What is the Pancreas?
The pancreas is a small organ that sits just below the stomach, tucked into a bend in the small intestine. It is an accessory organ of the gastrointestinal system and has both endocrine and exocrine properties.
Exocrine means the body uses series of ducts to excrete things outside of the body, like sweat.
Endocrine means the body secretes hormones directly into the blood stream, like insulin.
The primary job of the pancreas is to help the body breakdown, absorb, and utilize the food eaten.
Exocrine functions of the pancreas include the production of amylase which is an enzyme that promotes carbohydrate metabolism, and lipase which is a enzyme that enables fat metabolism. Because this is a function of the exocrine pancreatic system, these enzymes are excreted through the pancreatic ducts, where it can be directly taken to the gastrointestinal tract to be used to break down the food your pet eats!
Endocrine functions of the pancreas include the secretion of the hormones glucagon, and insulin. Glucagon and insulin work in conjunction to maintain normal glucose levels within the body. These hormones are excreted blood stream and work within the blood stream, and throughout the body.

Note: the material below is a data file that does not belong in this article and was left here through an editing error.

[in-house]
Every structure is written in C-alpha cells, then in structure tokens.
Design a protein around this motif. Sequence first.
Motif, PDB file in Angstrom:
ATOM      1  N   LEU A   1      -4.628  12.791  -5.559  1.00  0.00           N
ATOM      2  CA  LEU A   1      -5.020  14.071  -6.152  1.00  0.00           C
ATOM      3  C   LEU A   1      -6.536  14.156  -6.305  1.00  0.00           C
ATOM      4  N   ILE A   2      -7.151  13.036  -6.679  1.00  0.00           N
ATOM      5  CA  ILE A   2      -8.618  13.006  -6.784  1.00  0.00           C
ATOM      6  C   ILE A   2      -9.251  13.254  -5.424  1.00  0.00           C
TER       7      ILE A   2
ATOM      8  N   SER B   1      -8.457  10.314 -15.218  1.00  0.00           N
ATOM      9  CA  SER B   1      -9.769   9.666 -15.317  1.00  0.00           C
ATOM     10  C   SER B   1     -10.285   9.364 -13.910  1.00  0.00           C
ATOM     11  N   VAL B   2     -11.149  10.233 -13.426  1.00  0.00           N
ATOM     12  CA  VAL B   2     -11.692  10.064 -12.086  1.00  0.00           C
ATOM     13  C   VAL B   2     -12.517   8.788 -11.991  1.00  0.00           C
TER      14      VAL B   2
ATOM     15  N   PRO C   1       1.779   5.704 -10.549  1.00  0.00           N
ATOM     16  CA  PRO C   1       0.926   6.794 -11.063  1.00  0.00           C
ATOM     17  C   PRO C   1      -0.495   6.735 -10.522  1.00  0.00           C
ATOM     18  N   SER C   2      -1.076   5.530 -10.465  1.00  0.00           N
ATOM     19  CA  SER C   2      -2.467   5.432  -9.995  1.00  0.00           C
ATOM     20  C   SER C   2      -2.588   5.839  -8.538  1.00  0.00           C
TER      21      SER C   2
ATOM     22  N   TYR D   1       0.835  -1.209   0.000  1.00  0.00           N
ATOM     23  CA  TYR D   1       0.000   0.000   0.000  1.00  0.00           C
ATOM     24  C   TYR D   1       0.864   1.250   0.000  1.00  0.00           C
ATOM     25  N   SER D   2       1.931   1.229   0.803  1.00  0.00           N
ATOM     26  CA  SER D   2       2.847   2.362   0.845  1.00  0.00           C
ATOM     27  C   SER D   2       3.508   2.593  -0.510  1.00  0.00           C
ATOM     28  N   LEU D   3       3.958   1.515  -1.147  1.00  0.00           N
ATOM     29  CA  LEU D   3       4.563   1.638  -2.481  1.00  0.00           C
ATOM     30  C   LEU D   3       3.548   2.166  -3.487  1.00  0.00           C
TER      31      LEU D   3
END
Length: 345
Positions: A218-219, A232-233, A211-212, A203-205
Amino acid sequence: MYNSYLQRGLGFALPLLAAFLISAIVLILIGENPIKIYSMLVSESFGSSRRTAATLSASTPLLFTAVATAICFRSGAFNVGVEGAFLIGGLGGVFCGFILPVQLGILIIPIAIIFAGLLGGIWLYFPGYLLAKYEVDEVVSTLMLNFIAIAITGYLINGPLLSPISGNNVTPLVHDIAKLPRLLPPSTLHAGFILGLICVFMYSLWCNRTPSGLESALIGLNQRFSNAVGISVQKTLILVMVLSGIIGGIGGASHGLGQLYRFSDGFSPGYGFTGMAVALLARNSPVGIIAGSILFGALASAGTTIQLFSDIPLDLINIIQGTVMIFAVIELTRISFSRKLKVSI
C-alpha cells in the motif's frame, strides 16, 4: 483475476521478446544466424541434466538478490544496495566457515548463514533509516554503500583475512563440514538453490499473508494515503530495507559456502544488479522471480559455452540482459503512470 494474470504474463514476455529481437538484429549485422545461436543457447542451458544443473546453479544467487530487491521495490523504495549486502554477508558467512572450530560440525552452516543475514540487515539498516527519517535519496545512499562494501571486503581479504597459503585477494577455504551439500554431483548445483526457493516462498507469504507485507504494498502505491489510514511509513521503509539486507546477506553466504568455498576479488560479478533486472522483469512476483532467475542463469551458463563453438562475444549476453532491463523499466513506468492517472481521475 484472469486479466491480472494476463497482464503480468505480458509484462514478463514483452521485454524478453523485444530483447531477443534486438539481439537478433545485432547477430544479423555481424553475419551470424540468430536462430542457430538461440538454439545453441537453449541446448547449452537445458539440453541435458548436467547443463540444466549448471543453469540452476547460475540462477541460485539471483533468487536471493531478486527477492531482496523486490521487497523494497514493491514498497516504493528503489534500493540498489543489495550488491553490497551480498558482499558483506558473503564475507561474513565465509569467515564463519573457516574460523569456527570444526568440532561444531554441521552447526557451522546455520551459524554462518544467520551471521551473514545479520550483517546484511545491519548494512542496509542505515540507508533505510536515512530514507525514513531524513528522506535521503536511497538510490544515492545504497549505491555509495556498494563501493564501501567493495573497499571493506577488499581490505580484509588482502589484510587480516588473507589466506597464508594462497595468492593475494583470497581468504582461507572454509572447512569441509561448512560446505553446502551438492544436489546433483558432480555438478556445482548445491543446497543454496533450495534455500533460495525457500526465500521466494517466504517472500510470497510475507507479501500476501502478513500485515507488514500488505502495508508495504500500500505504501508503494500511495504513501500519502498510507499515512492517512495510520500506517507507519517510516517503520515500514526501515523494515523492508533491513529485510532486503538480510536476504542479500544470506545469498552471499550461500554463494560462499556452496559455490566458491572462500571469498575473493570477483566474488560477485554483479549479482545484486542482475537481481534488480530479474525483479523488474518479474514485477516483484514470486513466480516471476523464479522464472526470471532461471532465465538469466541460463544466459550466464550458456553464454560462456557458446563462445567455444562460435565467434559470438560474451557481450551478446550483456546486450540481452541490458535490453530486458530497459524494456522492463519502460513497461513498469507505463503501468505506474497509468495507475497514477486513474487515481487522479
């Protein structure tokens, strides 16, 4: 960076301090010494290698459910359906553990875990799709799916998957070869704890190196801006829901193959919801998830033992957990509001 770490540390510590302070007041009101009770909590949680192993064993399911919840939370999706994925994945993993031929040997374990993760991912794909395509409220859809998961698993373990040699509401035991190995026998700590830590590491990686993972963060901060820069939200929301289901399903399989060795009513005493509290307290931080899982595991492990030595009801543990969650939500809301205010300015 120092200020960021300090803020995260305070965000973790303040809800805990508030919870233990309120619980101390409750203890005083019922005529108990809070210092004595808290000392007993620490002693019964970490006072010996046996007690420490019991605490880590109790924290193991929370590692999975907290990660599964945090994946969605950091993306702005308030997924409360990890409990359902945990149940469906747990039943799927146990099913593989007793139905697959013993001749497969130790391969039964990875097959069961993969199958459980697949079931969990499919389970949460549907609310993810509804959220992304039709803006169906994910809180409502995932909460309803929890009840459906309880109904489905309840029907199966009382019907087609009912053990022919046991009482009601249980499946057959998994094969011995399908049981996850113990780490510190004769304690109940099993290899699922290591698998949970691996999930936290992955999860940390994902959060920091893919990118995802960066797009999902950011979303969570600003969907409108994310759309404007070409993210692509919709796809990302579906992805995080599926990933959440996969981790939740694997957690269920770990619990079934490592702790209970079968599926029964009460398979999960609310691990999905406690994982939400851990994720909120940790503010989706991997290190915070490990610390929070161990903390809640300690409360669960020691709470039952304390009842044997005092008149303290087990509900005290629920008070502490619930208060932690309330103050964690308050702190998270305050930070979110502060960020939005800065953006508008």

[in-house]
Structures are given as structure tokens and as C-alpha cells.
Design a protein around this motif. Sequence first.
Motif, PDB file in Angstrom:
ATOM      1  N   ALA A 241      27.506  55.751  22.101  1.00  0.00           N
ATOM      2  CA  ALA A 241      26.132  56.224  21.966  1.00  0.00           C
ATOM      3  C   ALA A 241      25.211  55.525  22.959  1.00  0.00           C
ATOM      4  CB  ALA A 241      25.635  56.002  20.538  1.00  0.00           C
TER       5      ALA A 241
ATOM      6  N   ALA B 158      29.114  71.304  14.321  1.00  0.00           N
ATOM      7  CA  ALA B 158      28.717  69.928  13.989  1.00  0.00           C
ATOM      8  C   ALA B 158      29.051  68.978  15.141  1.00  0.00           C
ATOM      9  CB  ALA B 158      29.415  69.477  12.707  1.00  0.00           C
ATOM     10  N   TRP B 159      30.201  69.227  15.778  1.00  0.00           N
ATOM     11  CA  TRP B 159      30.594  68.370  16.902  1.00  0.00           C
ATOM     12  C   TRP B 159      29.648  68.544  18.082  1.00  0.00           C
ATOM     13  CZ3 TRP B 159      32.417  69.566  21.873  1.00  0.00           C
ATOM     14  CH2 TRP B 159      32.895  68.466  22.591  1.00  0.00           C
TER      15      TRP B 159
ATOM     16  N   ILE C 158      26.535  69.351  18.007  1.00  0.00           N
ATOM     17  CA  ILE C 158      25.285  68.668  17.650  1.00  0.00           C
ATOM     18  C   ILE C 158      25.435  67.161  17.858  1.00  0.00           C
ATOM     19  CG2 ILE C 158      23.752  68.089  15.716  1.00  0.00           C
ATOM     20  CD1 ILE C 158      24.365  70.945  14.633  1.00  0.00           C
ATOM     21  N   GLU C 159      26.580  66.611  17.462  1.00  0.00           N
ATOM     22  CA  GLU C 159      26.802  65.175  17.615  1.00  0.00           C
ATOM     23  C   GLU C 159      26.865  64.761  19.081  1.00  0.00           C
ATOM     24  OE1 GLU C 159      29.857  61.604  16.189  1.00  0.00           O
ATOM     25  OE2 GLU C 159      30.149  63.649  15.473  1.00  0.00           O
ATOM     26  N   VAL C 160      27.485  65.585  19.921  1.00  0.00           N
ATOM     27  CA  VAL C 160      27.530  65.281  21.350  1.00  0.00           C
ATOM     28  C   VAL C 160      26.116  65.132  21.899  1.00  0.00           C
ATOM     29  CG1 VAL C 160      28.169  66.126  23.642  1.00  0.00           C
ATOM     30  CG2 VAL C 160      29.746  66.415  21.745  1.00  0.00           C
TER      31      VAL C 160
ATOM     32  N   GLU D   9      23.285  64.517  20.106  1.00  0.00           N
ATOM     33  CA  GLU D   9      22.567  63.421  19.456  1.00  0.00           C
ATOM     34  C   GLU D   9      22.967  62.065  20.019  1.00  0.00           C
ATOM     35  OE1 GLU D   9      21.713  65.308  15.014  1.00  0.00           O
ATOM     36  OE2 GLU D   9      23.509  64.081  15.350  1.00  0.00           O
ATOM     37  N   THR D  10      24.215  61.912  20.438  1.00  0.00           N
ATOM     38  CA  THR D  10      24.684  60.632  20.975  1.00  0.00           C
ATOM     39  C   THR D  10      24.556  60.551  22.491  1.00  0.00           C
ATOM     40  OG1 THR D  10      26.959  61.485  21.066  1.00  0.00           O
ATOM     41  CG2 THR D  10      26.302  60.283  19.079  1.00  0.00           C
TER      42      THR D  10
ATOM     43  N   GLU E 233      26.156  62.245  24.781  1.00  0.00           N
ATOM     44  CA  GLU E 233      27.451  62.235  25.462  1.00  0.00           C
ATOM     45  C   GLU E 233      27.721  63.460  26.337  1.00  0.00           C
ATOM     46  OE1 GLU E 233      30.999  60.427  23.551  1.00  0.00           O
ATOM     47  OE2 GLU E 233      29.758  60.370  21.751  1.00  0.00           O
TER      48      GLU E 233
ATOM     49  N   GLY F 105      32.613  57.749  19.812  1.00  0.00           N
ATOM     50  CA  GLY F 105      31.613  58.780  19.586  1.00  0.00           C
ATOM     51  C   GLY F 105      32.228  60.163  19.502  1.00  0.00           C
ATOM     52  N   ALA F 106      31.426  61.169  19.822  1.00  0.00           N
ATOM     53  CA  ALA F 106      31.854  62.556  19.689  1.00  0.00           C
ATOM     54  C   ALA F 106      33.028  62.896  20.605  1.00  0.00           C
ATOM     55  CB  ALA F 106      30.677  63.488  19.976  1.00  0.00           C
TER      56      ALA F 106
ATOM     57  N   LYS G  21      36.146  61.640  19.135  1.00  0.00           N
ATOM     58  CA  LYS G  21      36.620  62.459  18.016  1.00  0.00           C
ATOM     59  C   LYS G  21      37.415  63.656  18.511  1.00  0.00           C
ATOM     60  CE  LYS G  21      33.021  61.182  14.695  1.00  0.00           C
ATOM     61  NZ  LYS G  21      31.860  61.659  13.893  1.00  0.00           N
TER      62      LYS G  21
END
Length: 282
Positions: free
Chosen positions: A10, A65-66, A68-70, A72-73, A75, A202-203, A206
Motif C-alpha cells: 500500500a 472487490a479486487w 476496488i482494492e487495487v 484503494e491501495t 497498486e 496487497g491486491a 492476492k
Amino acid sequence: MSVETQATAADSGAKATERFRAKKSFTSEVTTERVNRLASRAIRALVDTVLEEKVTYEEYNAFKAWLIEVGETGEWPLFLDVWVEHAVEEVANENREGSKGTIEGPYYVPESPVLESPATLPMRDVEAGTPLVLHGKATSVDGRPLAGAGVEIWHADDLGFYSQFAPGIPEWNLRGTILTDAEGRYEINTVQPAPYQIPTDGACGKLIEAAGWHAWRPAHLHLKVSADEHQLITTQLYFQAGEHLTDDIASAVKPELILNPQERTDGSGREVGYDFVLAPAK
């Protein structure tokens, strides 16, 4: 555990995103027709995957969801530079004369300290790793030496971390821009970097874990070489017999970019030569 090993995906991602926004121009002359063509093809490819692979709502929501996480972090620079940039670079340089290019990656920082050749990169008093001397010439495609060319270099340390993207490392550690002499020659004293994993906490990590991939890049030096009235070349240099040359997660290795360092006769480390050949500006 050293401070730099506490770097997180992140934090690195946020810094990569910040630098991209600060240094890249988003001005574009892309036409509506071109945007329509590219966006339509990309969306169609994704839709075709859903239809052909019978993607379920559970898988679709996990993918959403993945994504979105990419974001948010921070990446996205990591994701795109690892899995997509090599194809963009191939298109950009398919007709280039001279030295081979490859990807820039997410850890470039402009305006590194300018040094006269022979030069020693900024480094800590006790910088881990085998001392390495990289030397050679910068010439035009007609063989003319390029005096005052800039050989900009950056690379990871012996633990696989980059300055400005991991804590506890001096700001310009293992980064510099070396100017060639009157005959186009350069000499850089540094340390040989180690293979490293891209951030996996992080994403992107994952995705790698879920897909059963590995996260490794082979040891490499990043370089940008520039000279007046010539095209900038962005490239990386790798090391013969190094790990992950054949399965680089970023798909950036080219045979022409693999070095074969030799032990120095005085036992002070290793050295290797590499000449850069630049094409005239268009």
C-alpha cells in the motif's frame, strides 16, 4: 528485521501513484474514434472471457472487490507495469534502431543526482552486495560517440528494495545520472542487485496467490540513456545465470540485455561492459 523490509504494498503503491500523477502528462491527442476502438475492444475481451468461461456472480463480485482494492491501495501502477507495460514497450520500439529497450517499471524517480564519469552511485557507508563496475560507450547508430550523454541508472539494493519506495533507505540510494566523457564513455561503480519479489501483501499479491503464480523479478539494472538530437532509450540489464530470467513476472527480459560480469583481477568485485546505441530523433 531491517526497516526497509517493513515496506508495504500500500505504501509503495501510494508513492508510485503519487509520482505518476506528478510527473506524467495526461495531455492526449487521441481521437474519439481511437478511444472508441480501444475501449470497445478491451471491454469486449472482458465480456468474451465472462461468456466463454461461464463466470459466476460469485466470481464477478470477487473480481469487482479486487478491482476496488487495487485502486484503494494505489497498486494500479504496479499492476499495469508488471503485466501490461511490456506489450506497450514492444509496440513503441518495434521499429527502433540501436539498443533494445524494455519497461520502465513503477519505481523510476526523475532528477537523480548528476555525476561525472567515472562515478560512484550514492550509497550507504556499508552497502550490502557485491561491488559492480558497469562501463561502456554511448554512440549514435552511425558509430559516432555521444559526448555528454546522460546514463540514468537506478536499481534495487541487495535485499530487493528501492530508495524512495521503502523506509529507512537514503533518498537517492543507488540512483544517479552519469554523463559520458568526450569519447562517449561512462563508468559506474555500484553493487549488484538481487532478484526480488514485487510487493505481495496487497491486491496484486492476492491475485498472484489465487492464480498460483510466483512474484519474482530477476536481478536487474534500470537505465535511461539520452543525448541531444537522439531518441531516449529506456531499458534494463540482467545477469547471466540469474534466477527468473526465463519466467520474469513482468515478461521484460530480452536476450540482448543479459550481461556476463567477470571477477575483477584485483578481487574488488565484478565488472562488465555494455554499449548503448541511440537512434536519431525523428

Many things can work against the health of the pancreas. A quick change in food can be enough to upset its normal function. This is part of the reason why it is recommended to change diets for your pet over the course of at least a week or two.
Other diseases that your pet is suffering from, such as kidney disease, can also lead to an unhealthy pancreas.
Take a few moments and watch this TedEd video about your pancreas to learn more. Keep an eye out for future posts about some diseases that are directly related to an unhealthy pancreas.
Ashley DiPrete, RVT, VTS (SAIM) is a Registered Veterinary Technician practicing in California and obtained her Veterinary Technician Specialty in Small Animal Internal Medicine in 2016. She is the co-founder and a contributing author for InternalMedicineForPetParents.com. Visit her author page here.
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